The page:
7.6.62.KennedyLetter President John F. Kennedy. Acceptance is dated August 6, 1962. “I was delighted to hear of the project to create at Plymouth, Vermont, a memorial to your father… The story of your father taking the oath of office at Plymouth is one of the great dramatic stories of our country, which will give particular significance to this project.”
Mr. Paul Mellon, son of U.S. Treasury Secretary Andrew W. Mellon. Acceptance is dated July 12, 1962. “Needless to say, I would be very happy to accept. … As you know, my father was a profound admirer of President Coolidge, and I myself have always had the happiest recollections of various kindnesses to me when I was in Washington on vacations from school and from Yale. I remember that he devoted half an hour to an hour of his time on a busy New Year’s Day in granting me an interview when I was working for the Yale Daily News… practically writing the article for me.”
Mrs. Gladys Sargent Spaulding, wife of U.S. Attorney General John Garibaldi Sargent. Acceptance is dated July 12, 1962.
Chairman, Mathematics Department of the University of Chicago Marshall H. Stone, son of former Chief Justice of the U.S. Supreme Court Harlan Fiske Stone. Acceptance dated February 5, 1963.
Former President Harry S. Truman. Acceptance is dated August 31, 1962. “I am most happy to accept your invitation… This is a project in which I am personally interested, and I wish you every success.” (In his personal hand, President Truman adds his post script: “Please let me know when you are ready to start. I would like to make a contribution.”)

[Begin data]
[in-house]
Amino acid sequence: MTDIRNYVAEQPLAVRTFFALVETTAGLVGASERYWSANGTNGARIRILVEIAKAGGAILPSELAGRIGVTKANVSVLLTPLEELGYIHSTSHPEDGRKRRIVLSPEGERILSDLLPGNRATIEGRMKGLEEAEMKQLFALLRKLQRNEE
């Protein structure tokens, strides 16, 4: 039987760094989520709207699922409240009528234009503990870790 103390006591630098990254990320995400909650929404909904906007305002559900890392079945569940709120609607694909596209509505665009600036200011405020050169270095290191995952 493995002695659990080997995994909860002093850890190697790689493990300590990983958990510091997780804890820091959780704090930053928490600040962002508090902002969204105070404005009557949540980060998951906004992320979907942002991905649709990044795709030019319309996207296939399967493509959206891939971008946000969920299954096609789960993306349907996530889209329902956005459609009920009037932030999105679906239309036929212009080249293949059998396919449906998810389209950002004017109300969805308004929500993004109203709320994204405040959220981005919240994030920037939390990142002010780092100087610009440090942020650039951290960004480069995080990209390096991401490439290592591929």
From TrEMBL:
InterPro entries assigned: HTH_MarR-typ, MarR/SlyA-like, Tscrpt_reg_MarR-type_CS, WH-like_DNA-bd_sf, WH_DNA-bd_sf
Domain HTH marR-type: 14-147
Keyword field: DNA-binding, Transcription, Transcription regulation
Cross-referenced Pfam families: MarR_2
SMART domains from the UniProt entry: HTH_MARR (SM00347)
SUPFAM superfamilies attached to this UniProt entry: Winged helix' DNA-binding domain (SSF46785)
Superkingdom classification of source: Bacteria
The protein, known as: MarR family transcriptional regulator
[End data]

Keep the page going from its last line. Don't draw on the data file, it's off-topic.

Mr. Chauncey L. Waddell, former war aviator and founder of the investment bank Waddell & Reed, Inc., who married Ms. Catherine T. Hughes, daughter of Charles Evans Hughes, the former chief justice of the Supreme Court of the United States and former U.S. secretary of state. Acceptance is dated July 18, 1962.
Former Vice President of the United States Henry A. Wallace
Former Vice President of the U.S. Henry A. Wallace under President Franklin D. Roosevelt, and son of Henry Cantwell Wallace, secretary of Agriculture under Presidents Harding and Coolidge. Acceptance is dated July 12, 1962. “I would say that it is altogether appropriate that just the right kind of Museum be erected in memory of your father and of the way of life which he represented… I was deeply impressed by my visit to Plymouth several years ago on the occasion of the ceremonies.”
Mr. C. Sinclair Weeks, U.S. senator from Massachusetts and secretary of Commerce under President Dwight D. Eisenhower; and son of John W. Weeks, secretary of War from 1921 – 1925. Acceptance is dated July 11, 1962.